Steve McNair played it right out of the Superstar Retirement Handbook. He said the right things. He did it the right way. He retired on his own terms and - best of all - walked off into the sunset without a noticeable limp.
There certainly is room to wonder whether there is more to the story than McNair and Ravens officials let on during his farewell news conference yesterday at the Castle, but it didn't really matter because it was - regardless of any internecine intrigue - the right decision for all concerned.
It was a team play by a team player, even if the team was prepared - and probably would have preferred - to go into next season with whatever McNair still had to offer.
The Ravens have been in such a strange and unwieldy situation at quarterback that McNair allowed them some clarity of direction coming off last year's disappointing 5-11 finish. He muted the debate over what the team should do during the coming draft and which of the other two quarterbacks should play if he didn't.
In reality, he represented the same uncertainty that undermined a pretty talented team last year.
McNair was coming off shoulder surgery (albeit on his nonthrowing shoulder) and he was coming back from a season in which he missed 10 games with the kind of injuries that become only more likely with each advancing year.
The Ravens were hoping against hope that he would bounce back and buy them at least one more year to develop their quarterback of the future - whoever that will be - but everyone knew McNair was one hamstring twinge from starting the whole vicious cycle all over again.
Obviously, he realized it, too. He got his shoulder fixed and spent the past couple of months preparing to return for 2008, only to come to the realization that his body was no longer responding the way it needed to for him to be a premier NFL quarterback.
Maybe he would have been more likely to keep trying under different organizational circumstances, but what's important is that he took an honest look at the situation and made the decision in a time frame that will allow the team ample opportunity to reconsider the quarterback situation before next weekend's NFL draft.
With all due respect to near-certain future Hall of Famer Brett Favre, it was the best way to go about it. McNair made the decision Wednesday, reconsidered it for 24 hours, and announced it yesterday. No tortured waffling. No leaving his teammates in limbo. No nonsense.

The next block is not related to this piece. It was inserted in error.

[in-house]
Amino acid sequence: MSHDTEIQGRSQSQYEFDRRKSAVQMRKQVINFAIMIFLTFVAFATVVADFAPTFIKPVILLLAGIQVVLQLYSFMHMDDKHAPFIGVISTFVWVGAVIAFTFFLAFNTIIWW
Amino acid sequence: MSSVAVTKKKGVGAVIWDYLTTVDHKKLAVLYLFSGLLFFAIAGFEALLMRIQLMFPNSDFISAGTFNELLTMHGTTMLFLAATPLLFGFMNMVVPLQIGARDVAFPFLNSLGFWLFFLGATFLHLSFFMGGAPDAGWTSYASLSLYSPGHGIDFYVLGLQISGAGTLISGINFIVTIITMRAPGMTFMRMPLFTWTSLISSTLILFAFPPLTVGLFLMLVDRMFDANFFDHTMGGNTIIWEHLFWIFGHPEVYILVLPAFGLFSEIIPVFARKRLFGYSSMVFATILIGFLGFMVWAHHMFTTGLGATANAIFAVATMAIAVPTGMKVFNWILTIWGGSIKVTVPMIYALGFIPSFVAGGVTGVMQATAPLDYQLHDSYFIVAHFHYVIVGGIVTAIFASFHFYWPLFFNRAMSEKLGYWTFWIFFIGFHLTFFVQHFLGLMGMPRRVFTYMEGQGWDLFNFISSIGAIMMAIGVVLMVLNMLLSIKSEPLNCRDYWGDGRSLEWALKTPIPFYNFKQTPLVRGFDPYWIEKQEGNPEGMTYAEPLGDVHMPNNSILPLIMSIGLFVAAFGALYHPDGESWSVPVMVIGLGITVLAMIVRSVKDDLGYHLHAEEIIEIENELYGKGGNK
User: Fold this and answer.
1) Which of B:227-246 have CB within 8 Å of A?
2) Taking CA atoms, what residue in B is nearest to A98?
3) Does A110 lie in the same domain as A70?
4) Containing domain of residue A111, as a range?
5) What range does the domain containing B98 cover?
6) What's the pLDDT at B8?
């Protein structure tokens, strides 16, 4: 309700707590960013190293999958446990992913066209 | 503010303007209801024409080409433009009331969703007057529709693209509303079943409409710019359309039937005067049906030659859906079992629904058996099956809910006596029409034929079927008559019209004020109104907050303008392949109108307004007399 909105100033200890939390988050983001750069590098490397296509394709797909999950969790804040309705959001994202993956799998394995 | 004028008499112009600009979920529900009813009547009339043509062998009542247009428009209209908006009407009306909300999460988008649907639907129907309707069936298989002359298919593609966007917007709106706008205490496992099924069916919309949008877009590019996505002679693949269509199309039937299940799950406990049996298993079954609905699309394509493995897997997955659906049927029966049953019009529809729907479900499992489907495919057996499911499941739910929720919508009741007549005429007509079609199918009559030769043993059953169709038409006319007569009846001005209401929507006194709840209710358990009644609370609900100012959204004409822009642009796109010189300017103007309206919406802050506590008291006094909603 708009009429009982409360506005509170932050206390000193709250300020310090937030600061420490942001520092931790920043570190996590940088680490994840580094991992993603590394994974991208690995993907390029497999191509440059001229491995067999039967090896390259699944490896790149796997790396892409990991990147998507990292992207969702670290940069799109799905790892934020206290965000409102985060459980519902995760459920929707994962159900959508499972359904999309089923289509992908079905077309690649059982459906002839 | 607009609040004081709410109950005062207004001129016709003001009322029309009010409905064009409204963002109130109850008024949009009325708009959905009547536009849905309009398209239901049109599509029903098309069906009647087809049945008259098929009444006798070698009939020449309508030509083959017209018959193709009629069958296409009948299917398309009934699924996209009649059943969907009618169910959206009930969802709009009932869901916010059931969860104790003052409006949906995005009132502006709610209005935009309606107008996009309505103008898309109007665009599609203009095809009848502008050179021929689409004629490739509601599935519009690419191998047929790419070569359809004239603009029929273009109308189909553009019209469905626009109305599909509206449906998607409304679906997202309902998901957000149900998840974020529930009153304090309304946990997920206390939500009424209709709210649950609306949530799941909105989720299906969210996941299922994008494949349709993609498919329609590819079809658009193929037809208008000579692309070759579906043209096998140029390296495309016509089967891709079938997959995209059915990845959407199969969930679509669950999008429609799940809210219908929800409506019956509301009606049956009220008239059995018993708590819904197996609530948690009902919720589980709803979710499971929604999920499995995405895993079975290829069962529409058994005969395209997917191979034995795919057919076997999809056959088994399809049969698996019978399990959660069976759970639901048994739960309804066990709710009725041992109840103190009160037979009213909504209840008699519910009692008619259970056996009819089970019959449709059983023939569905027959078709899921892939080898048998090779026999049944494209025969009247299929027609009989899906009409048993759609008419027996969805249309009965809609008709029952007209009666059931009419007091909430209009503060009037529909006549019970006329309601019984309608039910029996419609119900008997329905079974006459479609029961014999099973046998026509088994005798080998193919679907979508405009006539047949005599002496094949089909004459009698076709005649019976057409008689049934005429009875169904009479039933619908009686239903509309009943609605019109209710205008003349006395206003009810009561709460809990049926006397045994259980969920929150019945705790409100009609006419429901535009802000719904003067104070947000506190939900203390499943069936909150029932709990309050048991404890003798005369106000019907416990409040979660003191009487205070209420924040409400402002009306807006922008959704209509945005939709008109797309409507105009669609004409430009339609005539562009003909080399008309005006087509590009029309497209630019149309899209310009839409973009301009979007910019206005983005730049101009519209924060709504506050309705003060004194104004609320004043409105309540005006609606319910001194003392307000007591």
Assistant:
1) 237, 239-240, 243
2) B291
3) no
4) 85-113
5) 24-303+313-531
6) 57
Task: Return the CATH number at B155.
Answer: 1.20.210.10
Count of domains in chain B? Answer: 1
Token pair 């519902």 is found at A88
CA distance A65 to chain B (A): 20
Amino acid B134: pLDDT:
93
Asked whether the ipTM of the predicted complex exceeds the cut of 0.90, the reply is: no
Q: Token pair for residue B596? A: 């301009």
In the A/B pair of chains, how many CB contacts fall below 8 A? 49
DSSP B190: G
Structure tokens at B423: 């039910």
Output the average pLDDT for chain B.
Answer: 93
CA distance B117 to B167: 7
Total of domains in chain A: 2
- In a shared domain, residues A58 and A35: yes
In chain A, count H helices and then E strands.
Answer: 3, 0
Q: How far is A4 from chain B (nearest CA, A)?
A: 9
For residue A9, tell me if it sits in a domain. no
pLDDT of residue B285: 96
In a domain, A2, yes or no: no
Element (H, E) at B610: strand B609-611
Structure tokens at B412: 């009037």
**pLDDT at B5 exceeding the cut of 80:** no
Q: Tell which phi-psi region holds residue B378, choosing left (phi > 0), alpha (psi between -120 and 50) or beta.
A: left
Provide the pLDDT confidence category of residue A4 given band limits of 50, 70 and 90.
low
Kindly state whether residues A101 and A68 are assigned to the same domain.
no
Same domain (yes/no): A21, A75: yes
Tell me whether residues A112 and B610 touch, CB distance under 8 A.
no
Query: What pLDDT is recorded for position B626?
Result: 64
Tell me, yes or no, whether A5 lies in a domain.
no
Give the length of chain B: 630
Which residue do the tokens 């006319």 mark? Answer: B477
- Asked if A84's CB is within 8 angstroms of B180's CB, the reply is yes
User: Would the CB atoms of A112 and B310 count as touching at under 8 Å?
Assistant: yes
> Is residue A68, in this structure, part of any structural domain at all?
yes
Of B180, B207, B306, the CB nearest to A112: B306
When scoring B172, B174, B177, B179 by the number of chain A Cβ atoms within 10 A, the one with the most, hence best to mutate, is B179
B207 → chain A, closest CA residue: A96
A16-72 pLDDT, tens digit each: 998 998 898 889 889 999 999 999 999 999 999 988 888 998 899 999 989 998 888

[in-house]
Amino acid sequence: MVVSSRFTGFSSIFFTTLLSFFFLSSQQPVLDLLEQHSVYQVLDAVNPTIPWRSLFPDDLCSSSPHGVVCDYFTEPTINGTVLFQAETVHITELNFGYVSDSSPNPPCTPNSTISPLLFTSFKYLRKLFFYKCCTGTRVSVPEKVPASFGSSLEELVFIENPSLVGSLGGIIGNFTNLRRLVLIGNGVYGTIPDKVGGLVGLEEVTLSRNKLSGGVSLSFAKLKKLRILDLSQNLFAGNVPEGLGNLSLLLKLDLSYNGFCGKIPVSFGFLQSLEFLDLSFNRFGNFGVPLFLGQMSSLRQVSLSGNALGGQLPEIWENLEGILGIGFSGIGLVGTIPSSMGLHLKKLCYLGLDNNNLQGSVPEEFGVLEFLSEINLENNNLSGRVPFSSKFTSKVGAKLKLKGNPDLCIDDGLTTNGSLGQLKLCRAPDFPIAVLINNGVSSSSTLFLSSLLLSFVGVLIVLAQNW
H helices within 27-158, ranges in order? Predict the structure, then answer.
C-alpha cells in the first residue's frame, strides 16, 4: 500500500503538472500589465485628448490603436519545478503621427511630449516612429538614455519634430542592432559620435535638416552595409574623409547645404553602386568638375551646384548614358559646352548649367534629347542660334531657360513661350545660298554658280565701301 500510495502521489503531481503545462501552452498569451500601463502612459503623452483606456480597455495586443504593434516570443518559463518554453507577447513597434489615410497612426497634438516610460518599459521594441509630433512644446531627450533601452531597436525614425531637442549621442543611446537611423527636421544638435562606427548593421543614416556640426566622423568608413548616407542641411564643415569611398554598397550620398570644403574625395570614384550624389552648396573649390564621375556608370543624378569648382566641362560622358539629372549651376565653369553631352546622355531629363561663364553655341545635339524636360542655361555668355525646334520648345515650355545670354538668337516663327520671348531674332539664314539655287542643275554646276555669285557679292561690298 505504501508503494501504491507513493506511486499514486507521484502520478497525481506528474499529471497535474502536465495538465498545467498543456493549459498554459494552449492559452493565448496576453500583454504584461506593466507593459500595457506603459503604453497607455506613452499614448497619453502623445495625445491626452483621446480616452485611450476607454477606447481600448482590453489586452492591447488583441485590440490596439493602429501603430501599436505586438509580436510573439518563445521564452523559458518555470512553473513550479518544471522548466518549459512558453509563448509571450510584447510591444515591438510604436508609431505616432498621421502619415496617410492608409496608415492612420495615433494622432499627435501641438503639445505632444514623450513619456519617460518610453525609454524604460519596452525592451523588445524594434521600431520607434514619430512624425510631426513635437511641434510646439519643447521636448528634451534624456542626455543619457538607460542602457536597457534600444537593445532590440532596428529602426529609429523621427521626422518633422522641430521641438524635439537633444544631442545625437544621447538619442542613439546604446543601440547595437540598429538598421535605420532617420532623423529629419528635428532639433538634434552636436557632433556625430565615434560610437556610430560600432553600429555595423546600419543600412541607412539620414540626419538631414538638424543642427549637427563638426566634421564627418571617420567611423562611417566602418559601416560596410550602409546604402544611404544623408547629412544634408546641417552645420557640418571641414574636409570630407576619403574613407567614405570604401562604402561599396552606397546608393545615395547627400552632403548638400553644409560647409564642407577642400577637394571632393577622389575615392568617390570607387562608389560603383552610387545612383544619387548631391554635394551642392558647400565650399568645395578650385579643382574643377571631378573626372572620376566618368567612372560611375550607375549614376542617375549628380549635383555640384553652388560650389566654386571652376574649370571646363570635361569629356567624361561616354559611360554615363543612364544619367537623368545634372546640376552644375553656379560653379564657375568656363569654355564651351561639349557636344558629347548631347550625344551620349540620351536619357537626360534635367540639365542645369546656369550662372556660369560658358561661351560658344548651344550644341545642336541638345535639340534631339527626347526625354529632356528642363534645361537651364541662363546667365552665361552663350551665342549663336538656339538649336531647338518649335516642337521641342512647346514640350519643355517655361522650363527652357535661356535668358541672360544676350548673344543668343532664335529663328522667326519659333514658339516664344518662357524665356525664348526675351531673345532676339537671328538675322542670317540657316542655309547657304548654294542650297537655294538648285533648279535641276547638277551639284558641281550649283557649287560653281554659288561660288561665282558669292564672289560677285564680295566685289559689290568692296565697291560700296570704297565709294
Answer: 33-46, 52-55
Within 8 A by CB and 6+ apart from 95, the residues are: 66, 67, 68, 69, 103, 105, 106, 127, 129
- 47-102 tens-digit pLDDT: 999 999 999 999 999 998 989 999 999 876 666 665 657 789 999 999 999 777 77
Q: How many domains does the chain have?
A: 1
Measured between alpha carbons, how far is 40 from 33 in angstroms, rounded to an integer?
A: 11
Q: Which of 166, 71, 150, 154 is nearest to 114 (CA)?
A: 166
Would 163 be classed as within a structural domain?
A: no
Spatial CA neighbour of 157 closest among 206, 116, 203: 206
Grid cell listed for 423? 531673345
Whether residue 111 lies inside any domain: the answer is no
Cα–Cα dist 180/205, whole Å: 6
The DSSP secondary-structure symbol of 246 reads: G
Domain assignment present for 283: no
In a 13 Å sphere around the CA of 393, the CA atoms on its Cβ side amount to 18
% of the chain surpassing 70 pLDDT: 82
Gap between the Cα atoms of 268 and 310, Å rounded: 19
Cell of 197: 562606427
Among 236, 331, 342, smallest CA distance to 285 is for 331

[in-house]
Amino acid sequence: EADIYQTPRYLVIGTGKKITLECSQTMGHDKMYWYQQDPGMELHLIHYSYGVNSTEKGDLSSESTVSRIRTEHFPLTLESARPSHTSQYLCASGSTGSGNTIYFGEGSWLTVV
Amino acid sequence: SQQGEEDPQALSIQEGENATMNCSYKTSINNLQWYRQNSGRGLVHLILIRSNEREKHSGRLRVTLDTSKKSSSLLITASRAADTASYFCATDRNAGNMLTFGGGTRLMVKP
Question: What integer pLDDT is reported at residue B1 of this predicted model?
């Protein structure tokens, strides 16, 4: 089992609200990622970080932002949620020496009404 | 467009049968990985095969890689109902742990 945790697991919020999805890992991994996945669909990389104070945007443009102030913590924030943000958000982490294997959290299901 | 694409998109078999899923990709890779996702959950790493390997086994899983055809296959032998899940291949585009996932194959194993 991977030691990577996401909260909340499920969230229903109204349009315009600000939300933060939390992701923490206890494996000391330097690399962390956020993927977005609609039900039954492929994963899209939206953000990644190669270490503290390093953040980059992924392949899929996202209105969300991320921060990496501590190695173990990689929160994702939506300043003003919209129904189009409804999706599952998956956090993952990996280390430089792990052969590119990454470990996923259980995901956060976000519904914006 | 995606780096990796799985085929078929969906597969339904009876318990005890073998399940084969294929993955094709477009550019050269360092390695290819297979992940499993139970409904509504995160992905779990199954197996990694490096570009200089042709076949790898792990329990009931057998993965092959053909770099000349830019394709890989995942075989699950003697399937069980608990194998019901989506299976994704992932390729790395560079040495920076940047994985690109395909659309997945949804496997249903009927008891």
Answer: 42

If there were any unspoken factors that contributed to his decision - and there are always going to be a few whispers about a surprise announcement such as this - he kept them to himself. Let's assume there weren't and congratulate him on a terrific career and a classy exit.
He could have hung on and collected his $4 million salary this year, but instead will leave the Ravens with a little extra room under the salary cap. He could have gone out there and stubbornly clung to his starting job, but he had the personal insight to conclude that wouldn't be the best thing for himself or the team.
Clearly, we all underestimated him. He knew he couldn't put as much zip on the football as he did in his prime. He knew the next nasty hit might make the rest of his life less comfortable. He knew the time had come before the Ravens did.
It's usually the other way around.
They really couldn't afford to spend the coming season playing musical quarterbacks. They need to get on with the process of finding the long-term answer at the sport's most important position.
General manager Ozzie Newsome insisted yesterday that McNair's sudden retirement would have no effect whatsoever on the Ravens' decision making during the coming draft. If you take him at his word, the only logical thing to conclude is that he was planning on drafting a quarterback regardless.
Think whatever you want, but know this: McNair did right by the Ravens - from his strong leadership during the 13-win campaign in 2006 to the shoulder operation he just underwent for a season he will not play.
He said yesterday that he wants to be remembered as a team player. No one in Baltimore should have a problem with that.
Listen to Peter Schmuck on WBAL (1090 AM) at noon most Saturdays and Sundays.